As someone who loves both dogs and cats, I feel sometimes we pet parents focus more on the health of our canine family members than our felines. But as with any family member, keeping a close eye on the health of your indoor cat is extremely important. One of the most common, serious maladies for middle-aged and elderly cats is Feline Hyperthyroidism. As your cat gets older, it’s important to know the signs, symptoms, and treatments of this disease.
As with humans, hyperthyroidism occurs when an issue arises with your cat’s thyroid gland. The thyroid gland is located at the base of the neck and regulates your pet’s metabolism. Hyperthyroidism happens when a tumor grows on the thyroid and produces too much of the thyroid hormones. When this happens, it sends your pet’s metabolism into disarray. The most obvious symptom of a metabolic imbalance is that despite normal or increased appetite, your pet begins to lose weight. Other symptoms include excessive meowing or increased water consumption.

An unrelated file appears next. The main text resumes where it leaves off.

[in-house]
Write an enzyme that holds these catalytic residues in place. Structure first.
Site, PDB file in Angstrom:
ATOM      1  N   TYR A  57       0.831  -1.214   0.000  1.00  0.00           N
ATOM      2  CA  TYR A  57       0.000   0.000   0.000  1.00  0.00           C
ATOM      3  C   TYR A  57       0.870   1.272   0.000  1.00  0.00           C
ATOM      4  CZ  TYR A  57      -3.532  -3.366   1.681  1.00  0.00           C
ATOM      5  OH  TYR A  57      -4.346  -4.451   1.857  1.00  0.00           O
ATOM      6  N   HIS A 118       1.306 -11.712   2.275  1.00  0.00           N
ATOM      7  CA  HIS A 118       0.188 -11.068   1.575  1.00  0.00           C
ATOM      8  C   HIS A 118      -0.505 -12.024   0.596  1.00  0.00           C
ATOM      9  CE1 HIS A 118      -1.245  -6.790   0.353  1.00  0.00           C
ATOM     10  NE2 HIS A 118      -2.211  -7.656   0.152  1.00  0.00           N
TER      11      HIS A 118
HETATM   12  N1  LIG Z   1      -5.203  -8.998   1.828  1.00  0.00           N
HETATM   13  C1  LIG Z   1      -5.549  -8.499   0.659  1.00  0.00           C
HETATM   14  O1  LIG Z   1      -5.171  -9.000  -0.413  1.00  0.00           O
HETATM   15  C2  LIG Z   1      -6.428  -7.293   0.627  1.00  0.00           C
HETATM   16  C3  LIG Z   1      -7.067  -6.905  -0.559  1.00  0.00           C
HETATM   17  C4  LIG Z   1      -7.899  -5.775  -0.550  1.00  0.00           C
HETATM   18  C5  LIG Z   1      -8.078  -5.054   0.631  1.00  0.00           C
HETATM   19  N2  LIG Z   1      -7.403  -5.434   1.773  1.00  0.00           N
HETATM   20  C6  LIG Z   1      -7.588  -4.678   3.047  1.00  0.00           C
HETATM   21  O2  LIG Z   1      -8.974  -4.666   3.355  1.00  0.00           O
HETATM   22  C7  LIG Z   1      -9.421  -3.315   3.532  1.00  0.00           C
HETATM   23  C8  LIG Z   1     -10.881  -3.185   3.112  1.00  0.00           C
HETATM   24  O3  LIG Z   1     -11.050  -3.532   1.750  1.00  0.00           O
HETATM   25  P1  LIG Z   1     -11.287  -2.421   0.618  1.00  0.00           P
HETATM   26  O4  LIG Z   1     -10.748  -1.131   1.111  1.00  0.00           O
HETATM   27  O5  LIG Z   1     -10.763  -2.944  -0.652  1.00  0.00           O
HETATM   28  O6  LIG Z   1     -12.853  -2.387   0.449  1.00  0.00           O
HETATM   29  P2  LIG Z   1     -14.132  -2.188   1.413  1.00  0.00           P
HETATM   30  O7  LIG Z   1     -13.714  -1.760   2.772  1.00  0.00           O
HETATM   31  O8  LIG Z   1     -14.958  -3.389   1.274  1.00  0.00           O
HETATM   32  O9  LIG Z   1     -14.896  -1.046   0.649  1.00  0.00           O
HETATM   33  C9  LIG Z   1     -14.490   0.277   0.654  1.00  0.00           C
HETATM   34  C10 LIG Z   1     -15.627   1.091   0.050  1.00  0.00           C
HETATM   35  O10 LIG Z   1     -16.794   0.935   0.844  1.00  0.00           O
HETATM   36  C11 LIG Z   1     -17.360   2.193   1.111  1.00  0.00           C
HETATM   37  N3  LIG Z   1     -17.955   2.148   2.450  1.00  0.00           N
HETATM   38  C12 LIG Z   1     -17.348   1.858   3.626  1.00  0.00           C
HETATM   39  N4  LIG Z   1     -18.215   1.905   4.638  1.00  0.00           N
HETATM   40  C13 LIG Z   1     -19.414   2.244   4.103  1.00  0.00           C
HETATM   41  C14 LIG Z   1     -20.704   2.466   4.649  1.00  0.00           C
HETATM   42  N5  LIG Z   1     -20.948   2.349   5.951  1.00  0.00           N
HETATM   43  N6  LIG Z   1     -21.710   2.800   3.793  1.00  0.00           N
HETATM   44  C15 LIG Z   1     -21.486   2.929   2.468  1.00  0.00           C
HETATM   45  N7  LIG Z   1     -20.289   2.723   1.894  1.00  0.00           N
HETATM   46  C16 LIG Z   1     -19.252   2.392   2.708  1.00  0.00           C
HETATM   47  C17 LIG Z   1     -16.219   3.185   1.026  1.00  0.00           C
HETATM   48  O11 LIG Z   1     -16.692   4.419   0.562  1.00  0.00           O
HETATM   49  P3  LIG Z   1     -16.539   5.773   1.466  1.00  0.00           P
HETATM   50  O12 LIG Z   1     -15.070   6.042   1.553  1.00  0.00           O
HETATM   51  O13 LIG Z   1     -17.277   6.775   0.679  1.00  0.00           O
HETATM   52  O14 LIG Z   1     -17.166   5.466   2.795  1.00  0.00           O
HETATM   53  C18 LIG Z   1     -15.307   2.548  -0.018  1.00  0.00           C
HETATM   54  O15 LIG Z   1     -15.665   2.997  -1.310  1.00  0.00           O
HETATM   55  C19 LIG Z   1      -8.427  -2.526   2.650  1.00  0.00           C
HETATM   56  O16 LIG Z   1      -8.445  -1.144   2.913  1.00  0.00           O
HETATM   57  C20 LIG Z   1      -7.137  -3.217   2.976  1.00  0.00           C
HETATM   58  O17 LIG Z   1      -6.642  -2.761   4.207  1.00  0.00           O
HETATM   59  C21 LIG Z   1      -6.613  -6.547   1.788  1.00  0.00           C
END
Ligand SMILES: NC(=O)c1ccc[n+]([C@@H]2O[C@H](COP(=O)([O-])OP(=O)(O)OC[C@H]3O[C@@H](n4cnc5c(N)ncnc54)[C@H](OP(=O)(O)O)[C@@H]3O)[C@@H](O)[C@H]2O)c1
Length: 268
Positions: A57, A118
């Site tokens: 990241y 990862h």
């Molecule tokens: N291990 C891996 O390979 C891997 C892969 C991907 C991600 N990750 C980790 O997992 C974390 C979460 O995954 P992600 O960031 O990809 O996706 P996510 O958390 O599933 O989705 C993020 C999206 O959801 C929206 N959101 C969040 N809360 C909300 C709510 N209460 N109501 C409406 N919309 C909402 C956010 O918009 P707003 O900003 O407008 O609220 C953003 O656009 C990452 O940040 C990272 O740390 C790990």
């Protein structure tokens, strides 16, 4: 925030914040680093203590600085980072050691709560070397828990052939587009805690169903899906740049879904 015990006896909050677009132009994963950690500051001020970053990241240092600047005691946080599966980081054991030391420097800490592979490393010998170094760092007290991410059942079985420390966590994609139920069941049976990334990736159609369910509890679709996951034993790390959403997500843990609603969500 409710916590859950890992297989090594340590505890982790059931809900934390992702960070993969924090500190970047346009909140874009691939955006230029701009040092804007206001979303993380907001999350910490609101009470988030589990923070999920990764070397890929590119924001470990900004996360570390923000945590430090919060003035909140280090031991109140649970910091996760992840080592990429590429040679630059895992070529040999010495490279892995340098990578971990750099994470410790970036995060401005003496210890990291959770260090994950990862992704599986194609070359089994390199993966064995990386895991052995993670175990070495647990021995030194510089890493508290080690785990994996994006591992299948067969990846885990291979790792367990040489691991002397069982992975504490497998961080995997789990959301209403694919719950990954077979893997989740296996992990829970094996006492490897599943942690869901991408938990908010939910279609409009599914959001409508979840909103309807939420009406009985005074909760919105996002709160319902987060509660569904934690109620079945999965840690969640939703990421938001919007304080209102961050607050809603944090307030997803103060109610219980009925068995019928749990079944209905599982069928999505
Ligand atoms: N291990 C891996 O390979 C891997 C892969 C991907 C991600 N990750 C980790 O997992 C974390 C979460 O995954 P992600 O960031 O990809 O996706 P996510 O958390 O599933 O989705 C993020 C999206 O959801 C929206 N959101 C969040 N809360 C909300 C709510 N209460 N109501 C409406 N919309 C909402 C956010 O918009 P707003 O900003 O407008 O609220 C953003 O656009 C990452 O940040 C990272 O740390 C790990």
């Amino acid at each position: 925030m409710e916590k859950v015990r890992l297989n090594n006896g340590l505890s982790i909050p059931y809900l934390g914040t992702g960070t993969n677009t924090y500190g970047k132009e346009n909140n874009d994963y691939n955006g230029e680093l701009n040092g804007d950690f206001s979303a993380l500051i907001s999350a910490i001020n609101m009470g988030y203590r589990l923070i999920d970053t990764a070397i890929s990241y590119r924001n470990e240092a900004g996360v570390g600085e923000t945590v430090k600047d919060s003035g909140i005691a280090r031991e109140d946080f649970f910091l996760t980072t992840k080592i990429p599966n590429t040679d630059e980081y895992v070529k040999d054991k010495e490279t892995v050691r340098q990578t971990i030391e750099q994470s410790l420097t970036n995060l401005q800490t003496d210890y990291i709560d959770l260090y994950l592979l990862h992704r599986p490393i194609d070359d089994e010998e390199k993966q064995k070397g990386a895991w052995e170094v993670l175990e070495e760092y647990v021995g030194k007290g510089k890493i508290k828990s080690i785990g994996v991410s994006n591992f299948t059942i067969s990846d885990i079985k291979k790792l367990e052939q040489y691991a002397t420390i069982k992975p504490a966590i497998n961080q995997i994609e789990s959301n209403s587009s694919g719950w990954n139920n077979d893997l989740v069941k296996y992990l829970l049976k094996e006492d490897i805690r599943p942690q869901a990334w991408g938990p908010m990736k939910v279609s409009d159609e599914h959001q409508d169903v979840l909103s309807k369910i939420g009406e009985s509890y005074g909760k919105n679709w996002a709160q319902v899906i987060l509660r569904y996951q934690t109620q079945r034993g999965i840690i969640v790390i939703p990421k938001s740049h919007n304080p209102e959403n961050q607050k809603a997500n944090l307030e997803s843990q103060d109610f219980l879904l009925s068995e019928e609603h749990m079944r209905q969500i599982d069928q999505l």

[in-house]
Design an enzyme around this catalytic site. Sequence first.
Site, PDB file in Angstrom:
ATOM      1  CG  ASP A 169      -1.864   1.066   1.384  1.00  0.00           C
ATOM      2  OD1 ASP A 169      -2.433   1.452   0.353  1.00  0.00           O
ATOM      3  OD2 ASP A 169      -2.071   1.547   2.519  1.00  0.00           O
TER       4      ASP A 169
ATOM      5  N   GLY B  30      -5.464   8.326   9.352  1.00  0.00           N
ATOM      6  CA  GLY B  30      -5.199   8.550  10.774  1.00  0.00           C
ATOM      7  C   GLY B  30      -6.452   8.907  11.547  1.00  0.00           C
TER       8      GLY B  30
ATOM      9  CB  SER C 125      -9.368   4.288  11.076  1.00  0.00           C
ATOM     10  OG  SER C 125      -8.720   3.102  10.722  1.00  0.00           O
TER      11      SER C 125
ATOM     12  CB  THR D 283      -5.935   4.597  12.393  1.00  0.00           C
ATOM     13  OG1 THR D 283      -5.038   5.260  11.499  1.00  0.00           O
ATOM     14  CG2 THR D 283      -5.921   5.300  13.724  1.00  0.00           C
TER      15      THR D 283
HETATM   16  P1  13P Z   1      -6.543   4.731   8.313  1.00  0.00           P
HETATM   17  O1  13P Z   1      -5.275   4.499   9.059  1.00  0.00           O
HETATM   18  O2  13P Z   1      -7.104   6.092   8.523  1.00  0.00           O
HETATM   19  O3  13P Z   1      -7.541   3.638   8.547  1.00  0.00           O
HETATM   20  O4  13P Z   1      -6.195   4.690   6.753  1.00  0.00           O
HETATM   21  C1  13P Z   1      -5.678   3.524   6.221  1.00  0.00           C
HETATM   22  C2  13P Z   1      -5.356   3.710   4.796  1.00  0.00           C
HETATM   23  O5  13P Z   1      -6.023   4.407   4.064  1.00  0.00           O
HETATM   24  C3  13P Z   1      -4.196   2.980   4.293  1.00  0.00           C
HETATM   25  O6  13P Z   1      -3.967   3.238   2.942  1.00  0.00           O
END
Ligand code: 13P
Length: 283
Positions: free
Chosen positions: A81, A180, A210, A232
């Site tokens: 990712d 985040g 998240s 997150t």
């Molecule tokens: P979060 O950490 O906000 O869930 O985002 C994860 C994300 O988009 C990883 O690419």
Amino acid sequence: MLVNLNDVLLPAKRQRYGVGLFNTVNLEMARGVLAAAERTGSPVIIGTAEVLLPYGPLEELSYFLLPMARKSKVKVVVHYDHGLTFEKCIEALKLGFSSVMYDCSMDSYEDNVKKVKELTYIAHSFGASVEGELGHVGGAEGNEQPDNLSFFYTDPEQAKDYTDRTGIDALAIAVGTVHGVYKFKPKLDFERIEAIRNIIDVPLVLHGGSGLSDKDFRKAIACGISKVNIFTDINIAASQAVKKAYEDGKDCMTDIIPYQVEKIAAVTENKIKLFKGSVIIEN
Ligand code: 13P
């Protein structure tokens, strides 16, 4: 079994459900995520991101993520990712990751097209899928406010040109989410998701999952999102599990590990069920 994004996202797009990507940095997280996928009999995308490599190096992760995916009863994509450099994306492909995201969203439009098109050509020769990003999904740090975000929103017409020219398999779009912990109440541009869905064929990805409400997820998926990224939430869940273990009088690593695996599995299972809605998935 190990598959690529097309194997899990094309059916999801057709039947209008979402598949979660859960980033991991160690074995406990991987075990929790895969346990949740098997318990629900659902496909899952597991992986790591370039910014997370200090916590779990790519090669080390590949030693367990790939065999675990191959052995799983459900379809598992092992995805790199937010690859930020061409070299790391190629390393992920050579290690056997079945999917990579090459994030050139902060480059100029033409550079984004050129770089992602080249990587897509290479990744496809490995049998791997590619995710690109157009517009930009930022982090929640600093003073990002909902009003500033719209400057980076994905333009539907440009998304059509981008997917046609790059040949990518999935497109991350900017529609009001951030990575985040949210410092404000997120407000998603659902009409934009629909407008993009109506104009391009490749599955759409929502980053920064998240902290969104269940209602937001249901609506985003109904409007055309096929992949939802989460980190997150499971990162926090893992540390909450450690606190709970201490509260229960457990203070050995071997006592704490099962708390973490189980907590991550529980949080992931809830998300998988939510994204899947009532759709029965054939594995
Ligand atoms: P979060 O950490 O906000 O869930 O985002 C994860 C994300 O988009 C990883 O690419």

Your veterinarian will need to run blood tests on your cat in order to diagnose hyperthyroidism. These tests are relatively fast and can often be run during your cat’s regular veterinary visit. I recommend regular testing of thyroid levels once your cat is over the age of 10. If left untreated, hyperthyroidism can lead to a myriad of serious conditions, including heart disease. If diagnosed, there are several ways to treat hyperthyroidism, including medication, surgery, or radioactive iodine treatments. After consulting with your veterinarian, they will help guide you on the best treatment choices for your feline family member and you.
Feline Hyperthyroidism is a major health risk for older cats, but if you’re proactive you can keep them healthy for many years!